healthy breakfastby Jill Breslawski, UF/IFAS Extension Agent

Now that North Okaloosa County is back to school, early mornings can throw everyone for a loop. But getting off to a good start each day can seriously affect success for students at school and adults at work.

The saying, “Breakfast is the most important meal of the day” isn’t just lip service. When we sleep, we are in a state of rest; our body is fasting–not eating–and renewing itself. Breakfast means to “break the fast”; to begin waking up and energizing ourselves again with nutrition.

Eating breakfast wakes up our bodies and minds. Calories found in food provide energy to function, reason and think at work and at school. Adults, this is for you, too: Breakfast can keep your mind and body at its best. Being well rested can make us think more clearly, make decisions more easily, have more energy and just stay in a better mood. All of this could lead to less stress and better days for you and your kids.

The great thing about breakfast is it doesn’t have to be a big all-out meal. Something quick, nutritious and easy can do the job.

Just watch those favorites: Poptarts™, fruit snacks, kids’ cereal and squeezable yogurts don’t really help all that much. Most are loaded with sugar, and have little protein and whole grains. These foods provide a sugar high, but probably won’t keep a person full and energized until lunch.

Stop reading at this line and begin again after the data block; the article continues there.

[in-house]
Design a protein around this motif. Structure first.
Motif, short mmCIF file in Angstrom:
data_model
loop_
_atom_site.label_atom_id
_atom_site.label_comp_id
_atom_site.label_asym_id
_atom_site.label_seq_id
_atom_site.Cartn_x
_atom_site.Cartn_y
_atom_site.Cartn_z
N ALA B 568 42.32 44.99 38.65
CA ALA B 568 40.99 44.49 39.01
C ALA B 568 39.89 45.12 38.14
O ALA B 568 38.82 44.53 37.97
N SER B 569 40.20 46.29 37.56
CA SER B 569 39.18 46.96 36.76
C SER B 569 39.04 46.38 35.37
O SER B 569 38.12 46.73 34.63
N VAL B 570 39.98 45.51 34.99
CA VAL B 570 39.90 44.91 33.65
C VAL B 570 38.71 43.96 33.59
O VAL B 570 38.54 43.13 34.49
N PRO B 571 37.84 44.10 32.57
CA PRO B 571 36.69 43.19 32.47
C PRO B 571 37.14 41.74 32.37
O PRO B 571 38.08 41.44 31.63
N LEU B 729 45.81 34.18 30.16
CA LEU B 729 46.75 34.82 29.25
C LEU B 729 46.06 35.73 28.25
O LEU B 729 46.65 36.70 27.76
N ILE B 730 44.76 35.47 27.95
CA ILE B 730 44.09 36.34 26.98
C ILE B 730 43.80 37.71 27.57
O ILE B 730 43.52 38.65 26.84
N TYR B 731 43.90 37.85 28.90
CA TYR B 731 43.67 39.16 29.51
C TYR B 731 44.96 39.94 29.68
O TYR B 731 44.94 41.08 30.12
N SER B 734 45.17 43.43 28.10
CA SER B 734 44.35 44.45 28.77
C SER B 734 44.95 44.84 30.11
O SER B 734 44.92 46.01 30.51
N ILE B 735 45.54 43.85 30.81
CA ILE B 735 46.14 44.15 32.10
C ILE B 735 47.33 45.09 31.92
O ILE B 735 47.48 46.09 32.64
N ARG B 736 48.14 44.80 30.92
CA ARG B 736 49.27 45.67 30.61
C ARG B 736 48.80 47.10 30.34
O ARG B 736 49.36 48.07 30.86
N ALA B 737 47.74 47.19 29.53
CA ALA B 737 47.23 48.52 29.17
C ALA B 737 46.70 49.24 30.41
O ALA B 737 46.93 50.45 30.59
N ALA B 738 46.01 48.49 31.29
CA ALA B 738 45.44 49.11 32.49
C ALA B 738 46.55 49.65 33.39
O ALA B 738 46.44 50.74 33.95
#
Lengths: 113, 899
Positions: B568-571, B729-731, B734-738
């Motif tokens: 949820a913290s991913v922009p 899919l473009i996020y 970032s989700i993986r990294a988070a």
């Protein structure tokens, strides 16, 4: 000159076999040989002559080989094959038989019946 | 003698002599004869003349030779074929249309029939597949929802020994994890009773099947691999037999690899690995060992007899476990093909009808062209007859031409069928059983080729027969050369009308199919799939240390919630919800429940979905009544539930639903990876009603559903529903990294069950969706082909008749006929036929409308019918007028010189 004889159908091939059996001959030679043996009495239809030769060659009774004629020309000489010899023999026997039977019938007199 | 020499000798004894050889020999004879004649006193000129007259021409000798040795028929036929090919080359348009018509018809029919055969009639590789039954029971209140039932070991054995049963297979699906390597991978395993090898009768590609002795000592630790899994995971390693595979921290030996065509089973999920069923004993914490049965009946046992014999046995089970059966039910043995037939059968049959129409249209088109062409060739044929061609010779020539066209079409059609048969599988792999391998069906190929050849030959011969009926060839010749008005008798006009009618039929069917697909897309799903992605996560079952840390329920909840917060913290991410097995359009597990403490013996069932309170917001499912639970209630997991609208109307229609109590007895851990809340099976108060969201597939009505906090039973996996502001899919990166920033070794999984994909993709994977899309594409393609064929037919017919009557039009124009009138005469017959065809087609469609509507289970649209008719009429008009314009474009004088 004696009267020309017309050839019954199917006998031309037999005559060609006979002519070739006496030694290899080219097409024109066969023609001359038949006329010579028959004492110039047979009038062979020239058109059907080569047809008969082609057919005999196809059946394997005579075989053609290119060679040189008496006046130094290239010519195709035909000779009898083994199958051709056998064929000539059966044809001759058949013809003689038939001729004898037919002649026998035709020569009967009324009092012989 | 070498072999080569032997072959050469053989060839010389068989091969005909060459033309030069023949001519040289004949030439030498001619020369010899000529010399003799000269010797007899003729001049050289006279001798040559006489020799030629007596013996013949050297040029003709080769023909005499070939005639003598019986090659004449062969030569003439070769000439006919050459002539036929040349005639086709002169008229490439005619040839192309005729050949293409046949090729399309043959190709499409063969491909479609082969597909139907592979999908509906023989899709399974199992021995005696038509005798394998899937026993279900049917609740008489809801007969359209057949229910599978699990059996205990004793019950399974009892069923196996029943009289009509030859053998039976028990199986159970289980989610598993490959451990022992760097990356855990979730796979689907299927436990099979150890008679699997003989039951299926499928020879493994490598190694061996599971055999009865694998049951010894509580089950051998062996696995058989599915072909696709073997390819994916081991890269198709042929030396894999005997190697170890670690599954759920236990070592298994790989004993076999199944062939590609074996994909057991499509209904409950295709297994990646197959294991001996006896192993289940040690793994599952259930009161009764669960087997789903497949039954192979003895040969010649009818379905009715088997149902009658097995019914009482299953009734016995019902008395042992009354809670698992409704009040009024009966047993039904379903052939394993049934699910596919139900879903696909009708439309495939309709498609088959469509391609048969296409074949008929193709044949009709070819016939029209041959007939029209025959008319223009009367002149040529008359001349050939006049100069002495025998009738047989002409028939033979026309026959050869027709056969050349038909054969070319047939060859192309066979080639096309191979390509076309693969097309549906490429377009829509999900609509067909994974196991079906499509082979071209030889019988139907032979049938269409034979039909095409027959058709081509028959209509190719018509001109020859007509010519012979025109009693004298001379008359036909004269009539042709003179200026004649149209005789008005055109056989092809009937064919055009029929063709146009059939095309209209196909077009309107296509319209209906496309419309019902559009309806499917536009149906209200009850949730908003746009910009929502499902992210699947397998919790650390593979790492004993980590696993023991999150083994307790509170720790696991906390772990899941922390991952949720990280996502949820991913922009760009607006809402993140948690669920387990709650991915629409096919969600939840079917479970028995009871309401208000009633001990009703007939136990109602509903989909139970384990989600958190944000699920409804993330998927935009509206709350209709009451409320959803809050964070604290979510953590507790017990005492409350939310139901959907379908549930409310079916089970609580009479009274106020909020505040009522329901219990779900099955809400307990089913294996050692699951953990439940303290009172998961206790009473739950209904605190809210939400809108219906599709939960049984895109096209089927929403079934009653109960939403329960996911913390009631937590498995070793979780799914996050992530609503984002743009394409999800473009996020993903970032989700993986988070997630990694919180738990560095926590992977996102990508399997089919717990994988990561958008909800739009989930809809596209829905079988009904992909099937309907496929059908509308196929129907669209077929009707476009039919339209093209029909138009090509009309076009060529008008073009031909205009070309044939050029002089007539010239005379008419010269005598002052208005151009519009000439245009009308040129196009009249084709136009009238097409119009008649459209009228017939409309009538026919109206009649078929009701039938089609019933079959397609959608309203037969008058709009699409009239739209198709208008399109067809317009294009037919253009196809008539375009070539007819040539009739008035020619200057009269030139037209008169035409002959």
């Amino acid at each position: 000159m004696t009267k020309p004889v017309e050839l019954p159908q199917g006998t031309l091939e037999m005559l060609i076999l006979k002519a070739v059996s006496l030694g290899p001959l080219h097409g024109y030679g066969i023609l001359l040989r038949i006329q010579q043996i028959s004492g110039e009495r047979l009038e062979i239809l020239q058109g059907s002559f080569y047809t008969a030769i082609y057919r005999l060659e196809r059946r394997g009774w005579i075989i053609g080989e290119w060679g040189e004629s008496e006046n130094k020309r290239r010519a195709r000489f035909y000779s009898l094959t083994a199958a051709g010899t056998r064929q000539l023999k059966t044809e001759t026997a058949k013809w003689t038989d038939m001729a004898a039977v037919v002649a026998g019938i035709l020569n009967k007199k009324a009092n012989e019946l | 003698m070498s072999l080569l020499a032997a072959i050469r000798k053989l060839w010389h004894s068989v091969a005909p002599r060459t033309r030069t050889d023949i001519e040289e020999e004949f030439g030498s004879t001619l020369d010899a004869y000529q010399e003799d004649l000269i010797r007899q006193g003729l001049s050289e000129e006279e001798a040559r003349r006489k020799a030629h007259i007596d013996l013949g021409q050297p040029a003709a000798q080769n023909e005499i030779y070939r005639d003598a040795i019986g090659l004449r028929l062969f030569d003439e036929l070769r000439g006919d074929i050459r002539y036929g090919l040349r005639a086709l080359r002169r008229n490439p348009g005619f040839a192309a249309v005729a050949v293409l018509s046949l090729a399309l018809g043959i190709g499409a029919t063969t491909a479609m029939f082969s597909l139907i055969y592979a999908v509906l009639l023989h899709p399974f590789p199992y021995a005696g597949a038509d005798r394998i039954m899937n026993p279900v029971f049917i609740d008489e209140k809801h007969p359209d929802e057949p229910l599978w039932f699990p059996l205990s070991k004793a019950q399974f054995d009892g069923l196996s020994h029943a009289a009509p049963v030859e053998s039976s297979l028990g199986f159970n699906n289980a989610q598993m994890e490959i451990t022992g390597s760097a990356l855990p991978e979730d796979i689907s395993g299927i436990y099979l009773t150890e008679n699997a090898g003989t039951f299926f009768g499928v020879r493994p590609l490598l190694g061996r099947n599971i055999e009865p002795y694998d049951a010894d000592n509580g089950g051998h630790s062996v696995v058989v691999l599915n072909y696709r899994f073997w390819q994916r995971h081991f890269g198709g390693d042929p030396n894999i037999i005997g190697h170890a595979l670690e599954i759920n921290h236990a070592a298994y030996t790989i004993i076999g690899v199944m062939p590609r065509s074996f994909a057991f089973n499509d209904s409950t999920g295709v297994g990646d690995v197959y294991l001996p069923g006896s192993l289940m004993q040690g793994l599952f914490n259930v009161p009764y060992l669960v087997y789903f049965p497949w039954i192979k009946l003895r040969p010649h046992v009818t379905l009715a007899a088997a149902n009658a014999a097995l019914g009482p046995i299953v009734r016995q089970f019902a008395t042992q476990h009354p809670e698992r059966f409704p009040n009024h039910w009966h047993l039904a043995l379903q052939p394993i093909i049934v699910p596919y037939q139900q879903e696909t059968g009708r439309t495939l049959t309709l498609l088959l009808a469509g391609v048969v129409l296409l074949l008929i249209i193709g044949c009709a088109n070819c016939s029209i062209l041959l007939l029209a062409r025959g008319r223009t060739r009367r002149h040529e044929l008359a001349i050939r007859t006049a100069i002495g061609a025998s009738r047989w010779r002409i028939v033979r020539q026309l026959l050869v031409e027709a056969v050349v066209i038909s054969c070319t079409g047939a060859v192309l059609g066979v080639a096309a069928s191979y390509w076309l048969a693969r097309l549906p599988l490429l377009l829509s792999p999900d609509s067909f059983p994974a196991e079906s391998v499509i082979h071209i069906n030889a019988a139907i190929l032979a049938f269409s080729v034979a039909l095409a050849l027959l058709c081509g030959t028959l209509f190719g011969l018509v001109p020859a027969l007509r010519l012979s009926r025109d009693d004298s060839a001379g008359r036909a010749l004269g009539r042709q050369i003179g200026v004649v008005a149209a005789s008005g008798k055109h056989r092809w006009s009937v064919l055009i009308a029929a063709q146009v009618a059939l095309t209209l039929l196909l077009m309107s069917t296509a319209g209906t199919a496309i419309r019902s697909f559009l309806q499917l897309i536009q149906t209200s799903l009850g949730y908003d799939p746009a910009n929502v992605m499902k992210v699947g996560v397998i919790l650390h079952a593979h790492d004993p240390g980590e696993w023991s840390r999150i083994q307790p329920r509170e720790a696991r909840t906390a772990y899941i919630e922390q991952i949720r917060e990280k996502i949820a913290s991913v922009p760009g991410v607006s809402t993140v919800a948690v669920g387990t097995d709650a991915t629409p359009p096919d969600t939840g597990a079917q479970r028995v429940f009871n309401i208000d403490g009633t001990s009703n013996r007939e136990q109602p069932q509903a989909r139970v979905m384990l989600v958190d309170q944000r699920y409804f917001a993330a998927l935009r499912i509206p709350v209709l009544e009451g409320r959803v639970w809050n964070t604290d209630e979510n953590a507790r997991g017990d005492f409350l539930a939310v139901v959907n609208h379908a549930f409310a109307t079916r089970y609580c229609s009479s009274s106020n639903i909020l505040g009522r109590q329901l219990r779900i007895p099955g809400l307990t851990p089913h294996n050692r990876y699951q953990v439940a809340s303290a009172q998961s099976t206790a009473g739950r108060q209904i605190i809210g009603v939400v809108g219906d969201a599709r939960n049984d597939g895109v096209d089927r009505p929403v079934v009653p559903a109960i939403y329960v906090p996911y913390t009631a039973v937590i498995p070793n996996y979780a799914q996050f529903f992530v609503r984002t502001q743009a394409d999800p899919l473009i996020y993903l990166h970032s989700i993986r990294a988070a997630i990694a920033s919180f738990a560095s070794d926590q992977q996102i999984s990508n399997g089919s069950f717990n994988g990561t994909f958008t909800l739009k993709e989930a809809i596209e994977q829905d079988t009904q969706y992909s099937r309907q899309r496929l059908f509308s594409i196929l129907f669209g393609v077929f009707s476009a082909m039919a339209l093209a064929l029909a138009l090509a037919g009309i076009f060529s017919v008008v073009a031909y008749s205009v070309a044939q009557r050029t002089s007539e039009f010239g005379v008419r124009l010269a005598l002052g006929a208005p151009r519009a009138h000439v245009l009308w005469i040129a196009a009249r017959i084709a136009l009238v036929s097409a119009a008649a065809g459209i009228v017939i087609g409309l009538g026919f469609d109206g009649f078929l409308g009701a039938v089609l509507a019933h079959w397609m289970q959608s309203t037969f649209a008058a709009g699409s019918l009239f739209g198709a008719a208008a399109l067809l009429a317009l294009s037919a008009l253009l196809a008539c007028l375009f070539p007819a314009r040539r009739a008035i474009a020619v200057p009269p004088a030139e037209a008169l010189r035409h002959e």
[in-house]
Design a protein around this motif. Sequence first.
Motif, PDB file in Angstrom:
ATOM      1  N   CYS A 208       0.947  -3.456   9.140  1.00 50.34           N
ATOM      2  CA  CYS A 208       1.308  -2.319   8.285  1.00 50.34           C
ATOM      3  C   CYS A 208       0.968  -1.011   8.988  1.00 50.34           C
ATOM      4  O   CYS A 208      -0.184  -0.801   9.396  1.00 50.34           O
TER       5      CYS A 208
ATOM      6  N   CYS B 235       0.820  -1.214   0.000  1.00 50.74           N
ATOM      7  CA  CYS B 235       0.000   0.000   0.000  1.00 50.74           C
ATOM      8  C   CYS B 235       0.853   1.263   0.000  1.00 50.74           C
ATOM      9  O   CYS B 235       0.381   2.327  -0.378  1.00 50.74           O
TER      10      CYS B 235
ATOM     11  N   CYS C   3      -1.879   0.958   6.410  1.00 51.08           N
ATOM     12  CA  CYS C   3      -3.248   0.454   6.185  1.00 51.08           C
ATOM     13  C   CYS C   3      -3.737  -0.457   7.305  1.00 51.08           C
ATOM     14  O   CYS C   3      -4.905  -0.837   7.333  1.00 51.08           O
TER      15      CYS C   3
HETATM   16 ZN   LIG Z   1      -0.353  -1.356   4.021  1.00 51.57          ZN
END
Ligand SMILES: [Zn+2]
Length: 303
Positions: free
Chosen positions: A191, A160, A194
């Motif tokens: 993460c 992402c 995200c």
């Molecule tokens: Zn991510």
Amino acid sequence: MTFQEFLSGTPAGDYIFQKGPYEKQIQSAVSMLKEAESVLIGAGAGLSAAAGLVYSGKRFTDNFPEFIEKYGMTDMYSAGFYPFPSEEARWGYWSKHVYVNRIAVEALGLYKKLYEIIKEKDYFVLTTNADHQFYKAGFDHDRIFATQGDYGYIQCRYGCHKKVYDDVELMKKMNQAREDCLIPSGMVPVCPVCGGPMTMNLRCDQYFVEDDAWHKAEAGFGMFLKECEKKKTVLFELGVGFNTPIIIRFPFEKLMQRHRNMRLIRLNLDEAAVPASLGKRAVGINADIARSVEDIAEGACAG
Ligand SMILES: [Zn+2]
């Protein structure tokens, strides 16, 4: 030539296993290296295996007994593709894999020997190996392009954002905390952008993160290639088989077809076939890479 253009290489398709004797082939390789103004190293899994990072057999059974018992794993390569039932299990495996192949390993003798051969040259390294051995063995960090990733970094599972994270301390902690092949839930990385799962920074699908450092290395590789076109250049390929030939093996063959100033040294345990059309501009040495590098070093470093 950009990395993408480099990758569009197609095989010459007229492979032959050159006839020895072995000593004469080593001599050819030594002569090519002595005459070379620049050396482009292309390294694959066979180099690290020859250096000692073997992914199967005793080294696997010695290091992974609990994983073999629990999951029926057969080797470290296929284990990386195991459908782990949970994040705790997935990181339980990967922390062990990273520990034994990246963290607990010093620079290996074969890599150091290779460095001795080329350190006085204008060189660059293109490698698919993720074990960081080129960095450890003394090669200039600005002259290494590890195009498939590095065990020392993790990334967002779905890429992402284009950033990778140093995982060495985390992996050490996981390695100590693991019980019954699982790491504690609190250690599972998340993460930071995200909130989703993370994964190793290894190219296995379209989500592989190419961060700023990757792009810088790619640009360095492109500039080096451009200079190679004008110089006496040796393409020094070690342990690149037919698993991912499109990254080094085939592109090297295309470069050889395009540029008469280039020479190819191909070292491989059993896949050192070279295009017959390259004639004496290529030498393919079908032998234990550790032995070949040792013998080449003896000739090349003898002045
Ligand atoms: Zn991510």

Here are a few quick breakfast ideas for “on the go” mornings:

  • A slice of whole wheat toast with 1 tablespoon of peanut butter
  • A piece of fresh fruit, and a whole grain English muffin
  • A low-sugar granola bar
  • Low-fat or fat-free yogurt with granola and a piece of fruit
  • Egg burrito: a scrambled egg on a small, whole grain tortilla with salsa
  • Homemade fruit smoothie
  • Old-fashioned oatmeal with fresh fruits and nuts.

Enjoy these nutritious on-the-go meals–just remember to pair them with a cup of low-fat milk or 100 percent fruit juice.

This entry was posted in Extension, Extension Articles, Extension Connection, Family & Consumer Sciences, Health, Jill Breslawski articles and tagged , , . Bookmark the permalink.


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